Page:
Organization: W.K. Kellogg Foundation
In 2014, the W.K. Kellogg Foundation (WKKF) in collaboration with Ebony Magazine, released the result of a of a telephone survey that explores the challenges and successes of African American families living in the United States. The survey provides a comprehensive perspective of black families, documenting viewpoints on a wide range of social, family and economic issues, drawing from a national sample of 1,005 African-American respondents to identify the leading issues confronting Black families.
Key findings of the poll included:
- Despite a strong recognition that the nation is making progress in some important areas like providing access to health care and improving public education, a large segment of the black population believe racism is very much alive and directly impacts their lives. Fourteen percent of respondents said they face discrimination “very often,” while 44 percent said they “sometimes” face discrimination. In addition, respondents also cited finding affordable housing and keeping their children safe as chief concerns.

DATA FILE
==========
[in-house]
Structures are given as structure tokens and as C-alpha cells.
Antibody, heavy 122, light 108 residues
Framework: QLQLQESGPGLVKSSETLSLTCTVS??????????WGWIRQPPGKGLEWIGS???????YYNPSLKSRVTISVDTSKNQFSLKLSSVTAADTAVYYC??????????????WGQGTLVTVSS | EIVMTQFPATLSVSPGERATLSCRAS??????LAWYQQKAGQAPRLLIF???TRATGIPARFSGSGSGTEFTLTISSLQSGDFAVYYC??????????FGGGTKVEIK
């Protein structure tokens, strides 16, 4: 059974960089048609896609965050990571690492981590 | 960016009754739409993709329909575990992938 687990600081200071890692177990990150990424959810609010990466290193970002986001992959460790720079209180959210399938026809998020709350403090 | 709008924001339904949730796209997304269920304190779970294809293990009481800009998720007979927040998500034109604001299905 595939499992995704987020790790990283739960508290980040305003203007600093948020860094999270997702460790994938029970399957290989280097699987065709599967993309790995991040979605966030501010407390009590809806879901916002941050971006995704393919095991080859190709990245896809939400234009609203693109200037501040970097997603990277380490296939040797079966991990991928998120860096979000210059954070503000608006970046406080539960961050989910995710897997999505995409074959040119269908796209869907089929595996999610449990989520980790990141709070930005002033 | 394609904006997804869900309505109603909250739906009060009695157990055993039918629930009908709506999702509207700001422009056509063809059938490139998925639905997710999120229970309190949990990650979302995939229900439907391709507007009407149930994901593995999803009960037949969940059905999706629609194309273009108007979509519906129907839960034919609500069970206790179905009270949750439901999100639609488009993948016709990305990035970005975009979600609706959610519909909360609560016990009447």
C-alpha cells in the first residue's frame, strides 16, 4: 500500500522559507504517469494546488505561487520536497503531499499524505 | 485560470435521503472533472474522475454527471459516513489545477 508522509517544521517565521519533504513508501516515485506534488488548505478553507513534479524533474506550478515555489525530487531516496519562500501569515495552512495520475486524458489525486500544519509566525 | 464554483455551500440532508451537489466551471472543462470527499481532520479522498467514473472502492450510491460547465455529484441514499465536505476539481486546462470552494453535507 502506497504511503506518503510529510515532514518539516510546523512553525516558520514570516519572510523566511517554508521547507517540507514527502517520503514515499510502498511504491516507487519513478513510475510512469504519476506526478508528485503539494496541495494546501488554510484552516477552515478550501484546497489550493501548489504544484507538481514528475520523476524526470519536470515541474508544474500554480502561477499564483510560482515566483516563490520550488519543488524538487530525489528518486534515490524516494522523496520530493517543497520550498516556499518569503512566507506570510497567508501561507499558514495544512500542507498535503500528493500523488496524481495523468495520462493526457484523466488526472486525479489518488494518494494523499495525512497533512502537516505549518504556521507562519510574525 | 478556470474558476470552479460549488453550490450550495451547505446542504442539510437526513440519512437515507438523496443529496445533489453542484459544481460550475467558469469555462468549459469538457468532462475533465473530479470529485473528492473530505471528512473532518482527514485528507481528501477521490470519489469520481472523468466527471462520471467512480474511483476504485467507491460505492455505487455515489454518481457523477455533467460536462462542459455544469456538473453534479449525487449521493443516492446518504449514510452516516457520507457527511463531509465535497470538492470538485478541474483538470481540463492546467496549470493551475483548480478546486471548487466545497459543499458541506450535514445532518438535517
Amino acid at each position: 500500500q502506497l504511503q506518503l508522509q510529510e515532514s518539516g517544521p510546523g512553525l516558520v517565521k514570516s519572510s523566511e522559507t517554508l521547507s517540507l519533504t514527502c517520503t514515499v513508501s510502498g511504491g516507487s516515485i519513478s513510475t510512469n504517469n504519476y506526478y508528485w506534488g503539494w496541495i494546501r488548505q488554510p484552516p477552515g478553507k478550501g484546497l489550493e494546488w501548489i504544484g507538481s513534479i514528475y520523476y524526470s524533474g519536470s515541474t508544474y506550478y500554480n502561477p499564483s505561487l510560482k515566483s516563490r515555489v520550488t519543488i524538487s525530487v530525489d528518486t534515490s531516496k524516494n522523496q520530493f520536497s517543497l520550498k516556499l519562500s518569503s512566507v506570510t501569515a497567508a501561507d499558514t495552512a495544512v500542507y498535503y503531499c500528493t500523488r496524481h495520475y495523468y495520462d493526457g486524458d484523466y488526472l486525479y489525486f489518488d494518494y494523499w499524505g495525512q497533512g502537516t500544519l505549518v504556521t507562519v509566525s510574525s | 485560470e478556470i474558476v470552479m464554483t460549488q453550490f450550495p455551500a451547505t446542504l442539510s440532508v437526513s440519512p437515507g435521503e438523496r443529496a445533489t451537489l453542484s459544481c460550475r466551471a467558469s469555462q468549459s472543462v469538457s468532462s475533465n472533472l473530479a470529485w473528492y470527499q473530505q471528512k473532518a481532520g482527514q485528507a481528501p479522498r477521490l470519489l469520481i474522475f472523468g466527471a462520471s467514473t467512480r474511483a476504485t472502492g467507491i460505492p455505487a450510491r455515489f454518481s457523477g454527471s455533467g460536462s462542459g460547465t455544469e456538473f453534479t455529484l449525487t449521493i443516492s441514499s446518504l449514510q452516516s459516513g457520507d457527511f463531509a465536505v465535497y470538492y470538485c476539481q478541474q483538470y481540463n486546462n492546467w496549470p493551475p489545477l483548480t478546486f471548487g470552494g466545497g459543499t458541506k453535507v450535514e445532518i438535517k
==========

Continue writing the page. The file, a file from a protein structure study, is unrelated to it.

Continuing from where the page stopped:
- 74 percent think society isn’t doing enough to support young men and boys of color.
- Almost two-thirds say they are better off financially than they were five years ago, but 82 percent are concerned that Whites still make more than Blacks for doing the same jobs.
- 52 percent see the media portrayal of African Americans as generally negative.
- Almost 1/3 are concerned that their children are not getting a quality education.
- 44 percent said they knew someone who had committed suicide or was killed.
- Seventy-four percent say efforts to reduce crime and violence in their neighborhood is losing ground or staying the same.
30 percent said “improving the creating more jobs/good paying jobs” is a top issue of concern.
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